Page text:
After being shipped off to the Indians last summer, the powerful Jay Bruce returned to the Mets this offseason on a three-year, $39 million contract. For the length of his contract, Bruce can expect to be playing mostly right field for the team if all goes right. While he may not be a perfect fit, the team valued his contributions on and off the field enough to lock him up for the next three seasons.
Coming off of a disappointing 50-game stretch with the Mets in his All-Star 2016 season after being traded from the Reds to the Mets, Bruce proved he still had the ability to be an intimidating force in the lineup in 2017, smacking a team-high 29 home runs in his 103 games in the orange and blue. It was a great season all around for Bruce, as he posted a 118 wRC+, 2.9 bWAR, and hit 36 home runs in his time between New York and Cleveland.
Both of those statistics can be partially attributed to Bruce playing without any health ailments all season, unlike the knee injury that severely limited his production in the 2014 and 2015 seasons. For the most part, Bruce manned right field for the Mets last year with some starts at first base sprinkled in. While he might not look like someone you’d expect to be a positive defender in the outfield, he was surprisingly effective for the Mets in 2017 with +10 DRS and a +2.0 UZR in right field.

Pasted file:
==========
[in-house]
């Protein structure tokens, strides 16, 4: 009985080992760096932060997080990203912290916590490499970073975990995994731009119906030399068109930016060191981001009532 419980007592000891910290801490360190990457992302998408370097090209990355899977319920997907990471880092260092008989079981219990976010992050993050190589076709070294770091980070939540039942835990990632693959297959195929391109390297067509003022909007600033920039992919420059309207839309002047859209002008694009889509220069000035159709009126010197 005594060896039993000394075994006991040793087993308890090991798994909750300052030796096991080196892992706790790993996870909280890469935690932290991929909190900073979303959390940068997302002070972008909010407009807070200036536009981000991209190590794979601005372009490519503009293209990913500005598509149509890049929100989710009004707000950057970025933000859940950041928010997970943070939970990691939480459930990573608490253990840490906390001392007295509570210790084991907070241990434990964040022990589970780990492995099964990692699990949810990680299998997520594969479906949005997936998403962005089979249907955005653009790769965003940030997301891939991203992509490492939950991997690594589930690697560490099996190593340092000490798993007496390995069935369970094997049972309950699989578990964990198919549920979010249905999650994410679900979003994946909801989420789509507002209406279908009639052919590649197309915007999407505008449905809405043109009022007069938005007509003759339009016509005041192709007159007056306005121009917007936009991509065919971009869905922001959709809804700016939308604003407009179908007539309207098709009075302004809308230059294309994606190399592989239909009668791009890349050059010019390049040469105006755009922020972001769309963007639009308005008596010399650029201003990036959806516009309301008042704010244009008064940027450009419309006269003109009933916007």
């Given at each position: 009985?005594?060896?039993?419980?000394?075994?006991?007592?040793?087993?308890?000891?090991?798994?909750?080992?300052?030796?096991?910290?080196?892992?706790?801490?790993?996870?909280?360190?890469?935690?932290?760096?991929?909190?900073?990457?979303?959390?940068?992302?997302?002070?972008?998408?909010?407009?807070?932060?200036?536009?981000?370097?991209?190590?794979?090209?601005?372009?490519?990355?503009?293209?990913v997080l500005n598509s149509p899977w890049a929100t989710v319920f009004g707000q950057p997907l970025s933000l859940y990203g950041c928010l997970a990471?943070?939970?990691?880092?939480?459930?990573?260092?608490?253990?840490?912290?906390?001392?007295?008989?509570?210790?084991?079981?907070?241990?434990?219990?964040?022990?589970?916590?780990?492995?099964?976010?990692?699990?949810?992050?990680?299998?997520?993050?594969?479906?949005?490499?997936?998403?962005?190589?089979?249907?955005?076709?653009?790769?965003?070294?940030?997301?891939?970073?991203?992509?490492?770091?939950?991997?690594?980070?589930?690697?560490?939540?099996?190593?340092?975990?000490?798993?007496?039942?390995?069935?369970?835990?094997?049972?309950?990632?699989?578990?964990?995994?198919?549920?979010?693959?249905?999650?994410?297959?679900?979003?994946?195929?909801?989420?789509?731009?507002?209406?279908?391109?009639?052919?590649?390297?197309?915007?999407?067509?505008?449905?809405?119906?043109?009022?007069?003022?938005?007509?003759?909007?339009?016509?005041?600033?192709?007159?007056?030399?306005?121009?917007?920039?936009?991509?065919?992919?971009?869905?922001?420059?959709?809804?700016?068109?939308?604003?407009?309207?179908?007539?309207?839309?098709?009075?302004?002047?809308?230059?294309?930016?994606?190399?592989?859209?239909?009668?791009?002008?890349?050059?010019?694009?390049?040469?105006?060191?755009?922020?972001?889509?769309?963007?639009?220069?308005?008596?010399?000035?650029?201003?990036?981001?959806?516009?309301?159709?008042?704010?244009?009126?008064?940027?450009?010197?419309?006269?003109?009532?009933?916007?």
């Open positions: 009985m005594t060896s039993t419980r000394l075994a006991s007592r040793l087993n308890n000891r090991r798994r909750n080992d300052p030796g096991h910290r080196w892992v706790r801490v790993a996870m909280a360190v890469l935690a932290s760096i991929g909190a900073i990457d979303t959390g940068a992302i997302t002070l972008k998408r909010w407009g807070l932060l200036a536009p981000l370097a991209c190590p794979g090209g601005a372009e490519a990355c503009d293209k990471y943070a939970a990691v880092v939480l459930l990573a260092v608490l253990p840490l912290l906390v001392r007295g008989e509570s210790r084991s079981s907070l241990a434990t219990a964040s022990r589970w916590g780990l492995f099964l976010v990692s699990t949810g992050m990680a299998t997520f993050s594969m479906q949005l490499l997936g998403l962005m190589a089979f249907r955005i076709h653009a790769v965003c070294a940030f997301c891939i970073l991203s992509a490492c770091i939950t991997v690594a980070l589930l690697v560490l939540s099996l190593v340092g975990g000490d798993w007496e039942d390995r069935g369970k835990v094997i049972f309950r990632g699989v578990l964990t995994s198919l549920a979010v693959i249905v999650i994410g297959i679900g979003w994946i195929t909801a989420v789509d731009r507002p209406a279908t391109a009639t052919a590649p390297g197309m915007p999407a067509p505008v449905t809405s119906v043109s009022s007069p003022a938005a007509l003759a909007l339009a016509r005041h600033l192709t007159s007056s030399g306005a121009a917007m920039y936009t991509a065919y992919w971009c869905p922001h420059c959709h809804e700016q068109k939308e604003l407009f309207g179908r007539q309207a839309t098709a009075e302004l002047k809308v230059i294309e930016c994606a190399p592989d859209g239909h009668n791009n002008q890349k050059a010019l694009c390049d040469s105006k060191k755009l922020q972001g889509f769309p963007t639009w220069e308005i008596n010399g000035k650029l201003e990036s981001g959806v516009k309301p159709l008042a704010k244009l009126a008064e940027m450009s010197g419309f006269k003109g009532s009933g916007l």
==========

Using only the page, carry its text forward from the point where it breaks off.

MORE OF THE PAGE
Going into his age-31 season in 2018, Bruce can be expected to be one of the better offensive producers on the team. Outside of the aforementioned 2014 and 2015 seasons, he’s been a safe bet to hit around 30 home runs to go along with a wRC+ somewhere in the 115 range. The same can be expected next year from the slugger, especially in this homer-heavy environment across the league.
The Steamer projection is a bit down on Bruce for next year, at 26 home runs and a .238/.309/.465 line. The PECOTA projection is even more pessimistic on Bruce, predicting that he will hit .235/.301/.441 with 25 home runs. While his projected rate stats are below his previous output, the home runs and walks are still there for Bruce, which is what the Mets are paying him for. Hopefully, Bruce can continue to play at the levels that made him a fan favorite in Cincinnati and New York—and help bring the Mets to another playoff appearance.